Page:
Peru Trip 2018, Part 2

Hey all,

Last time I was on here I posted a segment from the traveling to Peru portion of our trip. Now I would like to tell you a little bit about what we saw and experienced while there for eight days. (Apologies for the segmented posts, but we all know that this time of year can be hectic!)

The morning of September 23, 2018, we landed in Cuzco, Peru. Off the cuff, life was the same, but entirely different. One woman on our flight was transporting a 5 gallon bucket of strawberries from Lima to Cuzco, and Sunshine made her laugh when he expressed excitement over the sight of fresh fruit.

Leaving the airport was our first challenge, we did not book any kind of package, which likely would have included all the convenience of being picked up at the airport, and so on, but we preferred the adventure of hoofing it! One of our Air BnBs had offered to pick us up straight from the airport, but they were going to be our second Air BnB of the trip so it made no sense at the time.

Upon walking out of the airport, one is instantly targeted as a sale to be had. Needless to say, we had no issues getting a taxi from the airport to downtown Cuzco, but we were obliged to listen to a synopsis on the 20 or so tours that this company offered in addition to taxi services.

Our taxi driver, who called himself Miel, was very talkative and it was almost entirely in Spanish. He asked if I spoke Spanish and I told him, “Yes a little bit,” to which he replied that we would understand each other. He then asked if we were from France, to which I replied, “No, los Estados Unidos,” and then noted how he seemed less enthused for it.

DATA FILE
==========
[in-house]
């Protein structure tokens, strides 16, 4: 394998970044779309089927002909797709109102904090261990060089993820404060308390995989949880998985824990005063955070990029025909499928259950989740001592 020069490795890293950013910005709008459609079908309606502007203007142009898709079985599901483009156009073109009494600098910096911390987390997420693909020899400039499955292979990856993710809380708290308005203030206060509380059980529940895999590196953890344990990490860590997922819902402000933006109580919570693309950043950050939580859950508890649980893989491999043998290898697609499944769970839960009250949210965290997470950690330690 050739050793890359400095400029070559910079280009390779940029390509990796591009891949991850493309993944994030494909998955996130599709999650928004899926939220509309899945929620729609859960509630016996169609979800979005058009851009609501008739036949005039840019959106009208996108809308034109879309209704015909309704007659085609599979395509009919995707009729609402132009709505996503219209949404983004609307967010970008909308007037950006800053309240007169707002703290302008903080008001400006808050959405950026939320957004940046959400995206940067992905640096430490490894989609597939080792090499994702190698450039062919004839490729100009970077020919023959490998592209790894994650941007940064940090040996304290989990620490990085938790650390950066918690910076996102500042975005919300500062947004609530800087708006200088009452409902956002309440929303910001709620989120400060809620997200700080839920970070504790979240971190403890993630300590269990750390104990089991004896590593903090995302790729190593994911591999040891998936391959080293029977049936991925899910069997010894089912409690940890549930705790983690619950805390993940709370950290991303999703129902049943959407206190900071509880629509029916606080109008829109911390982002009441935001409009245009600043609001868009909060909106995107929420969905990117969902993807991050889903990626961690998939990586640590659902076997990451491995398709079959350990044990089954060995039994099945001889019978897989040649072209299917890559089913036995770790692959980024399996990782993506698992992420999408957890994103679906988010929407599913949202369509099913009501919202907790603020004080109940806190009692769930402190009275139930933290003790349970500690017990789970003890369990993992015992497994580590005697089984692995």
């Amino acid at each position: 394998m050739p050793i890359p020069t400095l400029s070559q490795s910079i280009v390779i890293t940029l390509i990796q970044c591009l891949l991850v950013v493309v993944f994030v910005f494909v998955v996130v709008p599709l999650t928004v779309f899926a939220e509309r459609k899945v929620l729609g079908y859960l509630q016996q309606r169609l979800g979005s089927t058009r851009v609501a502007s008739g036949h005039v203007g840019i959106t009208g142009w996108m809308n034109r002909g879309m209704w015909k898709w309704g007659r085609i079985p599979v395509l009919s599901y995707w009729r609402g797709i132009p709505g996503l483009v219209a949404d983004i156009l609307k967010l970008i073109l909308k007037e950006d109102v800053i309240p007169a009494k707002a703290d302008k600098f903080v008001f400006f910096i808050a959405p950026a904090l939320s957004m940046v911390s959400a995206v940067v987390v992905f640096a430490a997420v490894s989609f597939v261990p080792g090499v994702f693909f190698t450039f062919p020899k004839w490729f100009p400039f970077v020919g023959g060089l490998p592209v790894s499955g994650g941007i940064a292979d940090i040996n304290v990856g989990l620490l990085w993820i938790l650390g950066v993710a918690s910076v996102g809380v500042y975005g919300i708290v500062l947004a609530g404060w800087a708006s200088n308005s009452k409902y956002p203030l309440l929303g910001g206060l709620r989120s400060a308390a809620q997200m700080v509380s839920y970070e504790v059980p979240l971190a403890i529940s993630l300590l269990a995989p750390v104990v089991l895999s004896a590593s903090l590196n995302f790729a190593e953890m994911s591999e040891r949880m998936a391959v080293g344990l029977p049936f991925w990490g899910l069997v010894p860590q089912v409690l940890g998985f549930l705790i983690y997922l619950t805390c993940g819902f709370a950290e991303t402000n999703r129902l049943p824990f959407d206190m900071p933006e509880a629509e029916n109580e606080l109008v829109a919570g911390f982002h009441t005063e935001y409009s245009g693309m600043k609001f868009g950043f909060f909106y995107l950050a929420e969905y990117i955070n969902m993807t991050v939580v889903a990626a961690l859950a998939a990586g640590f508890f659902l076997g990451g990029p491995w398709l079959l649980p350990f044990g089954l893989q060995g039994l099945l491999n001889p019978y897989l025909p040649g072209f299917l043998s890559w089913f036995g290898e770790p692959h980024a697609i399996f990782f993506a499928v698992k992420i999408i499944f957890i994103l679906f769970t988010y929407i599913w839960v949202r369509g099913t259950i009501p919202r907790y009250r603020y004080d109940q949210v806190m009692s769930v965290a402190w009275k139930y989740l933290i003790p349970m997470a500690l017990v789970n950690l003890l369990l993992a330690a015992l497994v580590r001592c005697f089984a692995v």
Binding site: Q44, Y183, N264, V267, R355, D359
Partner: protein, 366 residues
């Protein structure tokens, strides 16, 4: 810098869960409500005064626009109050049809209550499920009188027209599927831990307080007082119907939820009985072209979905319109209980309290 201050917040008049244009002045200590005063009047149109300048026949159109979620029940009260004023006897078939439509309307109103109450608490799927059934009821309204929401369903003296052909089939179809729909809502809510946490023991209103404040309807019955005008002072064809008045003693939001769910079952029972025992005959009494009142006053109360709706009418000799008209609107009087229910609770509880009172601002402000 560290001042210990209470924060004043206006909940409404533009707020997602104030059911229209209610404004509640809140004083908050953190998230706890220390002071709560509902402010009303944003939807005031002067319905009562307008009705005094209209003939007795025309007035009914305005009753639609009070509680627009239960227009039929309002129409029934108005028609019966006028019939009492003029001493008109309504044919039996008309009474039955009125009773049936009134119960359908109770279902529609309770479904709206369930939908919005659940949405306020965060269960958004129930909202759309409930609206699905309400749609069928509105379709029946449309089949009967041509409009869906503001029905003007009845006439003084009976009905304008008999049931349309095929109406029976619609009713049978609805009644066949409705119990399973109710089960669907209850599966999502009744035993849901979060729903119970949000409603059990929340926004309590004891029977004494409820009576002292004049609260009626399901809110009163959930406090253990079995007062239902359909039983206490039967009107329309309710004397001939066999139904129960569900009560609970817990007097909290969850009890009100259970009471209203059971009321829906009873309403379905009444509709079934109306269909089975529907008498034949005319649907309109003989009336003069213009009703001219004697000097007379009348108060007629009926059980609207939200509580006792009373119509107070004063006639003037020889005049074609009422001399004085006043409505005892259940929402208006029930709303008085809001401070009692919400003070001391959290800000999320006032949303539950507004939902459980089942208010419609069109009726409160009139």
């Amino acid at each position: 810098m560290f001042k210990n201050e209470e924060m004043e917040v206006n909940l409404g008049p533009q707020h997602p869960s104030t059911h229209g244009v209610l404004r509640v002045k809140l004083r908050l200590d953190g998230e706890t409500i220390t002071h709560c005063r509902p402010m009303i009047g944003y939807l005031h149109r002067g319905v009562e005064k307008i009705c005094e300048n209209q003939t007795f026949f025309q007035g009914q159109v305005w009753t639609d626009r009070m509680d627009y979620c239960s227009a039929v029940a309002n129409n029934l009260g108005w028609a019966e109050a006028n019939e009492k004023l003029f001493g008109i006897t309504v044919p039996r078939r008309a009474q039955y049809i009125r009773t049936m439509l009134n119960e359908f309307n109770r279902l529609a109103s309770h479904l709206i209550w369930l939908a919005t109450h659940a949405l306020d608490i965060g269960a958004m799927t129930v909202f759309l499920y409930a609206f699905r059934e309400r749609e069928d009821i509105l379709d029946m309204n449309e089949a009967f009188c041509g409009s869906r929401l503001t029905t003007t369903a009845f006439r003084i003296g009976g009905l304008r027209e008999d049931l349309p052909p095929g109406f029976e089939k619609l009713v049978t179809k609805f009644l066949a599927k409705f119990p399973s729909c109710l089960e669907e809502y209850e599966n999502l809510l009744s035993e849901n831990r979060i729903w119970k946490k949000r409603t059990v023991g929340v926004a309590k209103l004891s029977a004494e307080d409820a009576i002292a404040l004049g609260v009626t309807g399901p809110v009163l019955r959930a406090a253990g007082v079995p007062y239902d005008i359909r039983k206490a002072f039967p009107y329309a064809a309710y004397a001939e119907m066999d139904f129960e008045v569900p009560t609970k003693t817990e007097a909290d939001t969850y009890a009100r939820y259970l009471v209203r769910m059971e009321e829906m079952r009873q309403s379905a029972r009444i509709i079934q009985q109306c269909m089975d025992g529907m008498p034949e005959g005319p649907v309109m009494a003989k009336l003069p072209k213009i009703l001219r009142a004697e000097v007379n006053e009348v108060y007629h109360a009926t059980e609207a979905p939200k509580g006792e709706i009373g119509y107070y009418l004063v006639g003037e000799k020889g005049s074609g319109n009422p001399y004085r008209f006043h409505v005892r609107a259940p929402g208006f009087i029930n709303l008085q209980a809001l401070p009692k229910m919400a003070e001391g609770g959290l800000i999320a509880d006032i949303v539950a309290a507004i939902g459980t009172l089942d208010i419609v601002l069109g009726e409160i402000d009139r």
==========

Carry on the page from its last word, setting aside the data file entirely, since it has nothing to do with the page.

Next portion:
However, we were soon on our way to Carmen Bajo, where our first Air BnB of the trip was located, and he began to talk. Sunshine sat next to him up front and Miel would look back at me when describing the city around us as we passed through. I was able to ask him several questions in Spanish, and he told me I was very good with the language and simply needed more practice.

Miel was the first to teach us about Quechua, the language of the Incas prior to the invasion of the Spanish in approximately 1532(?). He told us that there were five other peoples in the area before his own ancestors, the Incas, and that the Incan history was not too terribly old (all supposedly after Christ).

Miel drove us through the modern portion of Cuzco, from the airport, and we noted the roads became much more narrow as we got closer to downtown. He told us that this was because the roads constructed in this area were meant for alpacas, llamas, and humans, not cars. This brief cab tour gave me more confidence to speak Spanish in the city throughout the week.

When he dropped us off on Carmen Bajo, we were met with a small blue door against a fresh white stucco wall. Looking up and down the street, we quickly understood that cars had the right of way and that pedestrians better hop up on the curb and hug the wall to keep from being hit. The street was narrow, and there were several small shops right across from the door where we were dropped off.

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Blue doors on white stucco, a common theme throughout downtown Cuzco.